Initially, the approach was to purchase a ready-made KipCaravan, but because the existing systems were not sufficient, a KipCaravan was tailor-made with the specific wishes for the concept. The KipCaravans are made by a former agricultural entrepreneur with a handyman business on his former farm.
The poultry farmer’s partner is a volunteer involved in a regional product shop. The concept also provides workers (who are patients with an intellectual disability) with an apprenticeship and daytime activity. With the help of the Brabant Outcomes Fund of the Province of Noord Brabant (a Social Impact Bond funded by several charities and Rabobank Foundation), a performance contract has been established for further development of the concept.
2.6 Building Block #6—Strategy
Using the direct sale of eggs and valorizing residual products from fruit farms as a feedstock for their chickens, the entrepreneurs want to produce in a future-oriented manner, with the business model taking into account societal issues such as reducing (food) waste and reducing its CO2 footprint. In other words, a cascading strategy is applied.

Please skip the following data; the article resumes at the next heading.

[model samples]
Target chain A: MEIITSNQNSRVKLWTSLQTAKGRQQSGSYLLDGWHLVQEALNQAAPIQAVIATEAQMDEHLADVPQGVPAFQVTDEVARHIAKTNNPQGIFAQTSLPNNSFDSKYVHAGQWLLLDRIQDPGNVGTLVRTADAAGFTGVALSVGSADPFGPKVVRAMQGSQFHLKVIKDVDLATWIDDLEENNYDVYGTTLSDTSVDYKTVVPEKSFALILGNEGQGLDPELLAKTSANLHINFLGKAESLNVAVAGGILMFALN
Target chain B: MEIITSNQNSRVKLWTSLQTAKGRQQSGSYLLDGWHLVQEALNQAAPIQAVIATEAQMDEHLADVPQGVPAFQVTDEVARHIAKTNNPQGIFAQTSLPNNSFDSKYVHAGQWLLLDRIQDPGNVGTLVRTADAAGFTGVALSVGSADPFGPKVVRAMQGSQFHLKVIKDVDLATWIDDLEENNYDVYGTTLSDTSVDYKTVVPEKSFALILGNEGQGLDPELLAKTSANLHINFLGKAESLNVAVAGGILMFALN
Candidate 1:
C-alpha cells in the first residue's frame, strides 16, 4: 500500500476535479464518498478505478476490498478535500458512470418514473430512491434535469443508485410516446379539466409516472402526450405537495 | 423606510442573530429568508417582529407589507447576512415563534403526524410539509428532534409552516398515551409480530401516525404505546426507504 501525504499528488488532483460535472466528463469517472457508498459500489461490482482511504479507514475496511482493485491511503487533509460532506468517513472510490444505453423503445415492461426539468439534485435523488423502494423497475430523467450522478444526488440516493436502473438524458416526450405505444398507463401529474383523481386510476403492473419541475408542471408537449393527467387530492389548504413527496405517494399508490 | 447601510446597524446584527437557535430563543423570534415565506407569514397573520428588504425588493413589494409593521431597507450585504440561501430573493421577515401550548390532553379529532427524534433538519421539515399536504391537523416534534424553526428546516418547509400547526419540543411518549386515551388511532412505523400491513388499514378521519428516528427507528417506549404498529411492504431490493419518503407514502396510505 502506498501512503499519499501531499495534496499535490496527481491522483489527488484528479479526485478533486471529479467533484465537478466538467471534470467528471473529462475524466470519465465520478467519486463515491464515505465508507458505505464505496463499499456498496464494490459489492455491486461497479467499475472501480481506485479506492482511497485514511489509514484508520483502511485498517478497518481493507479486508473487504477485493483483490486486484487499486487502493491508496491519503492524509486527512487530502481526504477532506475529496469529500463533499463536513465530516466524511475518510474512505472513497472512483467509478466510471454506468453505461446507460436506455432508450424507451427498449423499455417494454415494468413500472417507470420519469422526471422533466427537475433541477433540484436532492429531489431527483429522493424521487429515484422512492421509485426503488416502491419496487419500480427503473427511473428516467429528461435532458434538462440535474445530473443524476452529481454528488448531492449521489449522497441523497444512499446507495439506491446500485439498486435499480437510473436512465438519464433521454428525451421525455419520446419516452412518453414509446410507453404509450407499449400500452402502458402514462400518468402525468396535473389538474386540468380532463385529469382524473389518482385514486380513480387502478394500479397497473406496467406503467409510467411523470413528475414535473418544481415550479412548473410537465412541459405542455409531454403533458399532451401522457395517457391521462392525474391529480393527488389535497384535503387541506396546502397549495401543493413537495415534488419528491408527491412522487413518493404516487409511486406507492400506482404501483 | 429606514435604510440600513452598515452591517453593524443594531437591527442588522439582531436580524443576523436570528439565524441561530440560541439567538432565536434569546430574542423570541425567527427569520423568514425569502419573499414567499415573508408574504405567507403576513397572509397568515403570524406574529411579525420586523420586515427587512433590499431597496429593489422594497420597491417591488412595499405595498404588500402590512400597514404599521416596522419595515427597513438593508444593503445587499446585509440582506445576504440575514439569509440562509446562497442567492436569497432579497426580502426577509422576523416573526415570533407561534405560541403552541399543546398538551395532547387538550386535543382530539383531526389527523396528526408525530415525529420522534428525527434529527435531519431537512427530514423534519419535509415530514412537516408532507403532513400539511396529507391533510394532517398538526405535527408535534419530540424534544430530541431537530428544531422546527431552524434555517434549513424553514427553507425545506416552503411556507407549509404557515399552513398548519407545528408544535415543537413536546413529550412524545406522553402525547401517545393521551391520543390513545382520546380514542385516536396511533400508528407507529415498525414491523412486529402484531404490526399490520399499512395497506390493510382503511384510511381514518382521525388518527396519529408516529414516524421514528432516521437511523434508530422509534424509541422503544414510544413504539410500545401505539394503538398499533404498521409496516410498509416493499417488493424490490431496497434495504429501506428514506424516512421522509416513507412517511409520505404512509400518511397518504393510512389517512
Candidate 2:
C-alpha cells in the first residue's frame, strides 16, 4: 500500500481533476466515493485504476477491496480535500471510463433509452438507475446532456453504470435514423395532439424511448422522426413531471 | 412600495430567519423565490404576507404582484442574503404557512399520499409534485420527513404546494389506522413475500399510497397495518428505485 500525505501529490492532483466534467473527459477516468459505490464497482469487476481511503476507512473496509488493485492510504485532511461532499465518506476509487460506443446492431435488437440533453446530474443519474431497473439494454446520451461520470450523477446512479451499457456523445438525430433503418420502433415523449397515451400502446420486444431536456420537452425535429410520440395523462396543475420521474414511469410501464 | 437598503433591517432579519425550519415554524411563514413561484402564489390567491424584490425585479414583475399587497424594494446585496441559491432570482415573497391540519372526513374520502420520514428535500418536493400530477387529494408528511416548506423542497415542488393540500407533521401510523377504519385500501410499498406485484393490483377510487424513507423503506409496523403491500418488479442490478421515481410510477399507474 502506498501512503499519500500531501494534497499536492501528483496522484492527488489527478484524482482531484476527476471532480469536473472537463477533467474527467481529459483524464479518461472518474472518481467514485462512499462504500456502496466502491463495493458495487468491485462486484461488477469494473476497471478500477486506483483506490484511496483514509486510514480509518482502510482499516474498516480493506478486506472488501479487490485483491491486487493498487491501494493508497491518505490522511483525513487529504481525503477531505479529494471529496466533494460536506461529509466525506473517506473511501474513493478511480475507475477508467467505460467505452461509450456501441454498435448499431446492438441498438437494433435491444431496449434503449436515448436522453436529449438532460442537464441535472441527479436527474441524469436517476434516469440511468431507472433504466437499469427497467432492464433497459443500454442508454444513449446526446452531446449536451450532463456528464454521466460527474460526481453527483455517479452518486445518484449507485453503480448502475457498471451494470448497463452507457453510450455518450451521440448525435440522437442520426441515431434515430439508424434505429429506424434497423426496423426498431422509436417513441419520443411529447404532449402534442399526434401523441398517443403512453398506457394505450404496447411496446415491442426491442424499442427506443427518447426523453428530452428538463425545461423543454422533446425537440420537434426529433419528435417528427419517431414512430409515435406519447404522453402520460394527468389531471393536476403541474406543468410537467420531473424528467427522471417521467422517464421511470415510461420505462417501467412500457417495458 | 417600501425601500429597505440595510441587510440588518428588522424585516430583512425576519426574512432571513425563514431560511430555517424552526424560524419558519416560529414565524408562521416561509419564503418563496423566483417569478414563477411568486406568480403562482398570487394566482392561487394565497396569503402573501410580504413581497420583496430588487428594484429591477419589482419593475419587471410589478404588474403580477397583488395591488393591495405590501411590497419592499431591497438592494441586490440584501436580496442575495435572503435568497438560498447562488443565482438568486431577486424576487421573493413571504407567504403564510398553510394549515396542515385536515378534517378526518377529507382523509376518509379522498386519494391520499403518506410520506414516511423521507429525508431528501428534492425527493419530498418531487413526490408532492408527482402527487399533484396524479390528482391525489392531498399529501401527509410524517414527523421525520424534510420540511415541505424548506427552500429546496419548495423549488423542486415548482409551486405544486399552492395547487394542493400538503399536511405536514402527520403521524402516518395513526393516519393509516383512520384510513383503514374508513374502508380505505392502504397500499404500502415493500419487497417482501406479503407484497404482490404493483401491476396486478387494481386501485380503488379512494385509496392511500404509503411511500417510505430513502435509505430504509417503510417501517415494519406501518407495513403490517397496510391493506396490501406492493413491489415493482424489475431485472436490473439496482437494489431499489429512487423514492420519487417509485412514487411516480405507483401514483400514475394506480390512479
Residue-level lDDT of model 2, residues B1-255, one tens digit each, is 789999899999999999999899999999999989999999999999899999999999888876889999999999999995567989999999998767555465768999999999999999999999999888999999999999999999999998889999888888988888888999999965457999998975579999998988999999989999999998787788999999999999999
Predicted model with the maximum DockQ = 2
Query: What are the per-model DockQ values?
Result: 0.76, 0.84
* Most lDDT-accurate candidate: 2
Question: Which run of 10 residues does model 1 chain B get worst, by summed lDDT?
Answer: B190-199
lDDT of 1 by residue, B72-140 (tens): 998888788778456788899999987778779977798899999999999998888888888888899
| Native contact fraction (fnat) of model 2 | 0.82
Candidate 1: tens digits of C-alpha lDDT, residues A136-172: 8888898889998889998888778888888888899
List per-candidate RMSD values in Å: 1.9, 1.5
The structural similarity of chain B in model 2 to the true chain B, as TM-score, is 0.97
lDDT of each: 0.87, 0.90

2.7 Building Block #7—Core Activities
The two core activities are the production of free-range eggs and daytime activities for people with intellectual disabilities.
2.8 Building Block #8—External Test
It is a unique approach to free-range chicken rearing. The concept complies with all laws and regulations, which are limited because of the small-scale keeping of animals.
2.9 Building Block #9—Impact
The impact of the concept is more substantial than had been anticipated. The entrepreneurs were pleasantly surprised on several counts during implementation. For example, the animals have demonstrably better animal welfare: they grow older, keep their feathers longer, and lay more saleable eggs. Other impacts are a lower CO2 footprint, more biodiversity, projecting a positive image of the agricultural sector, and the involvement of people who are distanced from the labour market. Possible negative impacts on animal health and safety have been investigated. Measures are taken with the expertise of the poultry farmer (all requirements from the regular sector apply).
2.10 Building Block #10—Value(s) Creation